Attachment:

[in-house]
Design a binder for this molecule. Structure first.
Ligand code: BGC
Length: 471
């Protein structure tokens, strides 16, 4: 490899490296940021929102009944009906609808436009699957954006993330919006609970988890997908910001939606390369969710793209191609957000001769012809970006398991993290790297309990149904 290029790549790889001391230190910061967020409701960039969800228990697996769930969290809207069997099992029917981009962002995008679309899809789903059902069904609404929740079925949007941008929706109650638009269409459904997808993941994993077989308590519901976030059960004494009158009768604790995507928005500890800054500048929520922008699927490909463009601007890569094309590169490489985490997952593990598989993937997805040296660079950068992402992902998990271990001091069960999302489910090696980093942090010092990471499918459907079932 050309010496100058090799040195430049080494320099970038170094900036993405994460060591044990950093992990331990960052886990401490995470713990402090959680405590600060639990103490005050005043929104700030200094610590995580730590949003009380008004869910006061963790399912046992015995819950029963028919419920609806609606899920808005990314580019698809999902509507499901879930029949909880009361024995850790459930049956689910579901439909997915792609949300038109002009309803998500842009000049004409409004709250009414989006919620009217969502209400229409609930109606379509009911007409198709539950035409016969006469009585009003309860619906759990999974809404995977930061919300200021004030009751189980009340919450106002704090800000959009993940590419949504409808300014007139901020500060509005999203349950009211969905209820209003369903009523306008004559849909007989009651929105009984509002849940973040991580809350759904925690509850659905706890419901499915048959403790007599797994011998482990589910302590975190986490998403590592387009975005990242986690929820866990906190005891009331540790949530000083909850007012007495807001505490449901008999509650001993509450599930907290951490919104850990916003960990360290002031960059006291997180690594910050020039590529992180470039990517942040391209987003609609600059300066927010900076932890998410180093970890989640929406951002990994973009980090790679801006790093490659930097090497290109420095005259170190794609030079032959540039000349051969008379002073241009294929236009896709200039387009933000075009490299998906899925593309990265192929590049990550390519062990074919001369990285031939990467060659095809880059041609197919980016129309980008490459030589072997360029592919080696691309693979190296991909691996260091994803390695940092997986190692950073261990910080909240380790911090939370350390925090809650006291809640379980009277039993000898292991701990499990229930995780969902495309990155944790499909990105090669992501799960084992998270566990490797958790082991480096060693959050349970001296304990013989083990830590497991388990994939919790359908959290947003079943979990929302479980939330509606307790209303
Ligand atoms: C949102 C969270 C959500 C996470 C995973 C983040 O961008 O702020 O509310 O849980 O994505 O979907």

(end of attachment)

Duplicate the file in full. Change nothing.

[in-house]
Design a binder for this molecule. Structure first.
Ligand code: BGC
Length: 471
């Protein structure tokens, strides 16, 4: 490899490296940021929102009944009906609808436009699957954006993330919006609970988890997908910001939606390369969710793209191609957000001769012809970006398991993290790297309990149904 290029790549790889001391230190910061967020409701960039969800228990697996769930969290809207069997099992029917981009962002995008679309899809789903059902069904609404929740079925949007941008929706109650638009269409459904997808993941994993077989308590519901976030059960004494009158009768604790995507928005500890800054500048929520922008699927490909463009601007890569094309590169490489985490997952593990598989993937997805040296660079950068992402992902998990271990001091069960999302489910090696980093942090010092990471499918459907079932 050309010496100058090799040195430049080494320099970038170094900036993405994460060591044990950093992990331990960052886990401490995470713990402090959680405590600060639990103490005050005043929104700030200094610590995580730590949003009380008004869910006061963790399912046992015995819950029963028919419920609806609606899920808005990314580019698809999902509507499901879930029949909880009361024995850790459930049956689910579901439909997915792609949300038109002009309803998500842009000049004409409004709250009414989006919620009217969502209400229409609930109606379509009911007409198709539950035409016969006469009585009003309860619906759990999974809404995977930061919300200021004030009751189980009340919450106002704090800000959009993940590419949504409808300014007139901020500060509005999203349950009211969905209820209003369903009523306008004559849909007989009651929105009984509002849940973040991580809350759904925690509850659905706890419901499915048959403790007599797994011998482990589910302590975190986490998403590592387009975005990242986690929820866990906190005891009331540790949530000083909850007012007495807001505490449901008999509650001993509450599930907290951490919104850990916003960990360290002031960059006291997180690594910050020039590529992180470039990517942040391209987003609609600059300066927010900076932890998410180093970890989640929406951002990994973009980090790679801006790093490659930097090497290109420095005259170190794609030079032959540039000349051969008379002073241009294929236009896709200039387009933000075009490299998906899925593309990265192929590049990550390519062990074919001369990285031939990467060659095809880059041609197919980016129309980008490459030589072997360029592919080696691309693979190296991909691996260091994803390695940092997986190692950073261990910080909240380790911090939370350390925090809650006291809640379980009277039993000898292991701990499990229930995780969902495309990155944790499909990105090669992501799960084992998270566990490797958790082991480096060693959050349970001296304990013989083990830590497991388990994939919790359908959290947003079943979990929302479980939330509606307790209303
Ligand atoms: C949102 C969270 C959500 C996470 C995973 C983040 O961008 O702020 O509310 O849980 O994505 O979907």